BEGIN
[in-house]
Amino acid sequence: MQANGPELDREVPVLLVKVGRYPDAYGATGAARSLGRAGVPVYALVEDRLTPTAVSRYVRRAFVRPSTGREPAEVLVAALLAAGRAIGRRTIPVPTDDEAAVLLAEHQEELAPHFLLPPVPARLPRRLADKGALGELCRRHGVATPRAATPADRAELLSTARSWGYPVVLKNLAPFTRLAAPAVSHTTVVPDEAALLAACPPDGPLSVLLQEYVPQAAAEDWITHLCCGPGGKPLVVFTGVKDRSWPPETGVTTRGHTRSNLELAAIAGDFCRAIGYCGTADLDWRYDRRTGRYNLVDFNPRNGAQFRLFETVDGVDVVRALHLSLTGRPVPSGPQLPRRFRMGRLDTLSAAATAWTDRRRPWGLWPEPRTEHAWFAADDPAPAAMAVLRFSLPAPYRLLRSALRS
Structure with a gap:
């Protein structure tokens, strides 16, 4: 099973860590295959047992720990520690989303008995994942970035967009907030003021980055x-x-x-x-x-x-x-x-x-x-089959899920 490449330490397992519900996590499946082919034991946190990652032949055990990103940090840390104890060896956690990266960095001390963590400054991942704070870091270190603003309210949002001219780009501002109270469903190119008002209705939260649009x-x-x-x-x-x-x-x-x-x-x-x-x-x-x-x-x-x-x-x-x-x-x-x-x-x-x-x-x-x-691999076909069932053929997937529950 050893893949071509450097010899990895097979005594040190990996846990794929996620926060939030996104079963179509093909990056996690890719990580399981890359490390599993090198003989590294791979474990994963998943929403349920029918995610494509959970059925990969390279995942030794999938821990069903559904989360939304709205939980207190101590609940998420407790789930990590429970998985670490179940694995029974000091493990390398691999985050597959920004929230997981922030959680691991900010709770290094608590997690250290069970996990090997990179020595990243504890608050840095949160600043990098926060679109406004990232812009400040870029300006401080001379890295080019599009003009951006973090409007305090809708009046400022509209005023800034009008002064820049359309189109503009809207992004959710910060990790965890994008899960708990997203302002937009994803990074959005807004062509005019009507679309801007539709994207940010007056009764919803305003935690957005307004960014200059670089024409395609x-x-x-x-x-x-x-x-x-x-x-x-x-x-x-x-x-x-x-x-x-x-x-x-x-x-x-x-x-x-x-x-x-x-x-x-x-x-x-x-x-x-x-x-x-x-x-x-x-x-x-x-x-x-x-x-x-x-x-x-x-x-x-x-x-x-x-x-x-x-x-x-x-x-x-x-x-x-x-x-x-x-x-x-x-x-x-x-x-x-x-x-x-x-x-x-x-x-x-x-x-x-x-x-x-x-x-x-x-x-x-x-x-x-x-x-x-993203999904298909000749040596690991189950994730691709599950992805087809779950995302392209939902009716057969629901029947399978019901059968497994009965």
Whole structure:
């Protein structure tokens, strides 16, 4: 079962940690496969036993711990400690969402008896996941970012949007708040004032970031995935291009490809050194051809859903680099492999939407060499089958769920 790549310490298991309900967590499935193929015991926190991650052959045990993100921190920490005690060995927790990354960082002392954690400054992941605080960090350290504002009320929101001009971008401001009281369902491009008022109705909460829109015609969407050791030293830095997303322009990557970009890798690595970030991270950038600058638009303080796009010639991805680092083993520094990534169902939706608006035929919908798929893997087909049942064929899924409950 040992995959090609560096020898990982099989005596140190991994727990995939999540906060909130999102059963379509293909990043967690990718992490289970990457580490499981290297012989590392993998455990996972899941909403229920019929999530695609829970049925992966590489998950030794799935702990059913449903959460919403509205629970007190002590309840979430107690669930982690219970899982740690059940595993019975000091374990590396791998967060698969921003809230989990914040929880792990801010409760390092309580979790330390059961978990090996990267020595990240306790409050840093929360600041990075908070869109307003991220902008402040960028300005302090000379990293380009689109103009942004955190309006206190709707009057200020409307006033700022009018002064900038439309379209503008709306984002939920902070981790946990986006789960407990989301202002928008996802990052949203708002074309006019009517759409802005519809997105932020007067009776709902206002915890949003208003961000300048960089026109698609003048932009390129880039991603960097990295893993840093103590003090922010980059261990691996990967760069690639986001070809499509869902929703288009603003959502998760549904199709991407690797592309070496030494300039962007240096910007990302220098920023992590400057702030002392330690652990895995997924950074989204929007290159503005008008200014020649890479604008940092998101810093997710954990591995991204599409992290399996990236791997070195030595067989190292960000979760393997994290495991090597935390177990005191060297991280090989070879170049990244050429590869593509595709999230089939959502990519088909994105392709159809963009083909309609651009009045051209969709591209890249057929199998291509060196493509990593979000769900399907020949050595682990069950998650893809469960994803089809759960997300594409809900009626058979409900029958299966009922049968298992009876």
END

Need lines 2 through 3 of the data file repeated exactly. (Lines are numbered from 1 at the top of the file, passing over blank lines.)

Amino acid sequence: MQANGPELDREVPVLLVKVGRYPDAYGATGAARSLGRAGVPVYALVEDRLTPTAVSRYVRRAFVRPSTGREPAEVLVAALLAAGRAIGRRTIPVPTDDEAAVLLAEHQEELAPHFLLPPVPARLPRRLADKGALGELCRRHGVATPRAATPADRAELLSTARSWGYPVVLKNLAPFTRLAAPAVSHTTVVPDEAALLAACPPDGPLSVLLQEYVPQAAAEDWITHLCCGPGGKPLVVFTGVKDRSWPPETGVTTRGHTRSNLELAAIAGDFCRAIGYCGTADLDWRYDRRTGRYNLVDFNPRNGAQFRLFETVDGVDVVRALHLSLTGRPVPSGPQLPRRFRMGRLDTLSAAATAWTDRRRPWGLWPEPRTEHAWFAADDPAPAAMAVLRFSLPAPYRLLRSALRS
Structure with a gap: